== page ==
Fort Bend

Fort Bend mentorship program provides role models for youth in justice system

The program has grown from three mentors in 2012 to about 40 active mentors, but organizers say they are still looking to recruit more male volunteers.

Benny Simonton and Leah Williams of the Fort Bend Juvenile Probation Department- Special Programs unit pose for a portrait.
Courtesy of Benny Simonton
Benny Simonton and Leah Williams of the Fort Bend Juvenile Probation Department- Special Programs unit pose for a portrait.

The Fort Bend Juvenile Probation Department's Special Programs unit has been partnering youth with positive role models.

Lead Mentor Coordinator Benny Simonton said some of the volunteers come from a similar background as the young people themselves.

"It's a huge impact on the kids because the kids get a chance to be mentored by adults who've been through similar situations," he said.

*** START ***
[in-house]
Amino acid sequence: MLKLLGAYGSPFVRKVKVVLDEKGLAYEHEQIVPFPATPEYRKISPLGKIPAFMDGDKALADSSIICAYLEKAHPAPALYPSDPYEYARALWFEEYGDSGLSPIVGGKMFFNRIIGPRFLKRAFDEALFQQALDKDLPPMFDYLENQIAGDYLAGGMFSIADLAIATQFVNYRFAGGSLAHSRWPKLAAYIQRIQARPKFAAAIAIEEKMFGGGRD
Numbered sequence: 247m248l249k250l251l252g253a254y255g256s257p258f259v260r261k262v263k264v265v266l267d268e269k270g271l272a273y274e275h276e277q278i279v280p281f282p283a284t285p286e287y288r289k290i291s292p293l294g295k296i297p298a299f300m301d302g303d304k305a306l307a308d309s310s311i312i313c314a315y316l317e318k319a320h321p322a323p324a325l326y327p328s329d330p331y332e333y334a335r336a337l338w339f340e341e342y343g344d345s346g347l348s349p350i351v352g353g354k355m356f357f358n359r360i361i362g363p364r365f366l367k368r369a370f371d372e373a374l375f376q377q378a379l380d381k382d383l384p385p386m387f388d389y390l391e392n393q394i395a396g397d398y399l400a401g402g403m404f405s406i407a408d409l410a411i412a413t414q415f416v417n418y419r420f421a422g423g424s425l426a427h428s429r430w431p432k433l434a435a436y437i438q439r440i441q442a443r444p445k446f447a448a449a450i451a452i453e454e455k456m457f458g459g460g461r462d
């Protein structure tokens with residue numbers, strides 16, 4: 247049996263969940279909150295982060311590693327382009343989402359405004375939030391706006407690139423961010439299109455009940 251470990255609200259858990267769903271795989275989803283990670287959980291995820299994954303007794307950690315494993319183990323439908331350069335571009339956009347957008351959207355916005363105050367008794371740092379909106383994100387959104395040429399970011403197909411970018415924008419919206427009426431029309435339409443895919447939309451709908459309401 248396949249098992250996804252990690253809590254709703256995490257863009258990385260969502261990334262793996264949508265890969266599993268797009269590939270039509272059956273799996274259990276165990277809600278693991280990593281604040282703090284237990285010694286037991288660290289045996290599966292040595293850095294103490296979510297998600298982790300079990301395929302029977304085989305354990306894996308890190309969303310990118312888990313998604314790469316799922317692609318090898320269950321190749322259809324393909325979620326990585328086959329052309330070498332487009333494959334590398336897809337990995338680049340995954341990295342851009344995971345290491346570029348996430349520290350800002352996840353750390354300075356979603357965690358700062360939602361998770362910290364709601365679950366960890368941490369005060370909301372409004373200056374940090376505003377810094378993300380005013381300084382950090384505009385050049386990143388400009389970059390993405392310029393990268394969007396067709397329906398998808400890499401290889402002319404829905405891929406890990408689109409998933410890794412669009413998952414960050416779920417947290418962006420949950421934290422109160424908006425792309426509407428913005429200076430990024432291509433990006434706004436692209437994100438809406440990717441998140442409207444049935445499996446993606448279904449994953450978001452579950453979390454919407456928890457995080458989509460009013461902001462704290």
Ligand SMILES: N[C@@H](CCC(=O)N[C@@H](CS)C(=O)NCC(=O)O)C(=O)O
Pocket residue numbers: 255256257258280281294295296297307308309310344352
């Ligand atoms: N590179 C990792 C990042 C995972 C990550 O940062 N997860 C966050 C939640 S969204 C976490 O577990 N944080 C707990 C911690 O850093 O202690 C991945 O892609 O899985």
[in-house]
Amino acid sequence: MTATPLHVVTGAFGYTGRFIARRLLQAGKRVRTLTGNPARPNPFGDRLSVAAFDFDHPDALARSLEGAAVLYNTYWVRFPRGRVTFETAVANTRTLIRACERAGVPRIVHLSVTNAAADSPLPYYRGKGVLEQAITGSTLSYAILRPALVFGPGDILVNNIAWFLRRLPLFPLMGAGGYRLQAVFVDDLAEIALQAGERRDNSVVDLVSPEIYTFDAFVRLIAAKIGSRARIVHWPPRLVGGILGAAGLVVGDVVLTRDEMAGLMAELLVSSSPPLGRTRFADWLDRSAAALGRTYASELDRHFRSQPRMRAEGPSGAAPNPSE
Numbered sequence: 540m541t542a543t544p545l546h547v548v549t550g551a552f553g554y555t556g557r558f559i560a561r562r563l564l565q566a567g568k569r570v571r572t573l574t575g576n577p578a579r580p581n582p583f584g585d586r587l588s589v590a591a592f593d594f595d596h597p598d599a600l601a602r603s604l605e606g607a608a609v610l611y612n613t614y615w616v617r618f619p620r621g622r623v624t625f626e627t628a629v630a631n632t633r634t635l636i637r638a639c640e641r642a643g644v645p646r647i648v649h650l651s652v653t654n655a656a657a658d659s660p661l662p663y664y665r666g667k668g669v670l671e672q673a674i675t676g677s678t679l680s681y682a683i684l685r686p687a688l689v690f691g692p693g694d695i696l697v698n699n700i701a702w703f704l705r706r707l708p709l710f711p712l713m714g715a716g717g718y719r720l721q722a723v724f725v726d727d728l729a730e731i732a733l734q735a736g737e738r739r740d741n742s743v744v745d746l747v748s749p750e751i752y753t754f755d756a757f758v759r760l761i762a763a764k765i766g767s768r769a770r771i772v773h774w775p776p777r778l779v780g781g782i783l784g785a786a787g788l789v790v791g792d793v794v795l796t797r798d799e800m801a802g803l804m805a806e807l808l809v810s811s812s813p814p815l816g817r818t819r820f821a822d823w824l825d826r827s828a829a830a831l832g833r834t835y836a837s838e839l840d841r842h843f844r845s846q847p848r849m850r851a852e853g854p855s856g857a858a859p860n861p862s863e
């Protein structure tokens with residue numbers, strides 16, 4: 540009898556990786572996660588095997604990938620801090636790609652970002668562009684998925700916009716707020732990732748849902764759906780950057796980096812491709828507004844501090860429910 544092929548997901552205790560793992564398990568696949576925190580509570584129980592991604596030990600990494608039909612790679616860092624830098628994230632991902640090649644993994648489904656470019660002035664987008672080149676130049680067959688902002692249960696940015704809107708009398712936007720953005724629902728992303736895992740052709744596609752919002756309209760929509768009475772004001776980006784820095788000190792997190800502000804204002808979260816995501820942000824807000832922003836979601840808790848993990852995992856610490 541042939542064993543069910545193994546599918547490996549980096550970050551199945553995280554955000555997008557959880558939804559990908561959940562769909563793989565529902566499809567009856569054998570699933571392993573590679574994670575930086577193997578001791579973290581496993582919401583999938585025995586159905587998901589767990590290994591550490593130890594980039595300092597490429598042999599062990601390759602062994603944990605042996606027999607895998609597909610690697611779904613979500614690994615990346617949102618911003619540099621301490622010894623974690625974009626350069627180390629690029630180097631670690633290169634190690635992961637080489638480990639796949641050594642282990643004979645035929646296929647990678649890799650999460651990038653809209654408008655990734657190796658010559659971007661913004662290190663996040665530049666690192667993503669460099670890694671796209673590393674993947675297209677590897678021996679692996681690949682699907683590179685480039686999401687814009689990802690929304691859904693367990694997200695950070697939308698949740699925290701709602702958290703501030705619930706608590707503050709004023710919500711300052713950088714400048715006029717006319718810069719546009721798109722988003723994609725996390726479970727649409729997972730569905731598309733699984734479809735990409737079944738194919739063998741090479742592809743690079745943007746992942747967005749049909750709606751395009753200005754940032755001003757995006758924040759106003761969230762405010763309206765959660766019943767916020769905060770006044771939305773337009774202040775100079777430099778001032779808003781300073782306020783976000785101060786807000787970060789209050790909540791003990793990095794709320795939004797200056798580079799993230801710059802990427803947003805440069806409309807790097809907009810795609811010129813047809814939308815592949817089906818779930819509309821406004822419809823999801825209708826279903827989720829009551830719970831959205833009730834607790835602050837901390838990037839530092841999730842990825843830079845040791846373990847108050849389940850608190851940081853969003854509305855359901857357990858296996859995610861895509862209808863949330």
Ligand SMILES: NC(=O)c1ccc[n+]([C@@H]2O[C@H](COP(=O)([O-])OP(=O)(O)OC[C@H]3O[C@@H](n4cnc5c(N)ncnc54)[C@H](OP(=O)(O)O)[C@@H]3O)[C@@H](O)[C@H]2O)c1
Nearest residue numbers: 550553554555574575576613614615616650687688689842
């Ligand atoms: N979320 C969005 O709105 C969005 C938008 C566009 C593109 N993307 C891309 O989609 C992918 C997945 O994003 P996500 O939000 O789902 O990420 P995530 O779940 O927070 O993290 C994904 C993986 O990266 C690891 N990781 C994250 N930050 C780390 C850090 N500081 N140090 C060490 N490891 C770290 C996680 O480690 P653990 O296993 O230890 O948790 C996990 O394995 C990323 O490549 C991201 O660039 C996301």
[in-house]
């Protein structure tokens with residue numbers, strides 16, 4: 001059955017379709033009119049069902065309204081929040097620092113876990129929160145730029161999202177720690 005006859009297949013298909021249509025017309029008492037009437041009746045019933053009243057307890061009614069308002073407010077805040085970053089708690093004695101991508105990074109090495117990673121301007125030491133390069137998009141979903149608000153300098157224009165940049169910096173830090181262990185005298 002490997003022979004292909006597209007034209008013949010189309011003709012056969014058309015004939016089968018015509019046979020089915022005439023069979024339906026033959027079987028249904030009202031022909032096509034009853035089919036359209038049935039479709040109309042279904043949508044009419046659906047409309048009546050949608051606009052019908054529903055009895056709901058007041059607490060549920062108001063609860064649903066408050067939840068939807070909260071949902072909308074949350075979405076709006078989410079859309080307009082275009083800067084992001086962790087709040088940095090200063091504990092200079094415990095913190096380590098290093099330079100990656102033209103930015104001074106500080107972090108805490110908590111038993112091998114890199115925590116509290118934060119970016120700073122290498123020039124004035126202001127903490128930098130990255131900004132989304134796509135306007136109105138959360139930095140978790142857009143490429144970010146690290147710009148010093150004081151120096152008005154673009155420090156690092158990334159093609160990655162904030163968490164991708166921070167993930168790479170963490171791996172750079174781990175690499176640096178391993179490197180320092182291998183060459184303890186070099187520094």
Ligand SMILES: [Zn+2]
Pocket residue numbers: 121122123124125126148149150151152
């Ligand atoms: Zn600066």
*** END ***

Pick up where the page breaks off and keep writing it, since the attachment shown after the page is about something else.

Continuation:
While the program works with youth regardless of gender, many of the participants are boys being raised by single mothers. The program — which pairs kids with mentors of the same gender — is currently in need of more male volunteers in particular, organizers said.

Simonton said having positive male role models can make an impact in the boys' lives.

"It really gives the youth a male side of thinking, a male side of just how life is," he said.

The programs as they exist today started with just three mentors in 2012. Now, the program has around 40 active mentors. Simonton said he's been going to high-traffic areas, like restaurants, gyms and even car washes, to try to recruit from the community. The program also has a website and the mentors themselves sometimes recruit as well.

"They go out and they spread the word also about the importance of mentoring," Simonton said. "So we have a variety of ways in which we go about getting mentors."

Mentors can choose to work with either young people on probation or those in the juvenile detention center. Youths on probation meet with their mentors twice a month. Meanwhile, mentors who volunteer in the detention center visit the youth once a week.

"It's a pleasure working with the juveniles," Simonton said. "This is our future – this is what it's all about."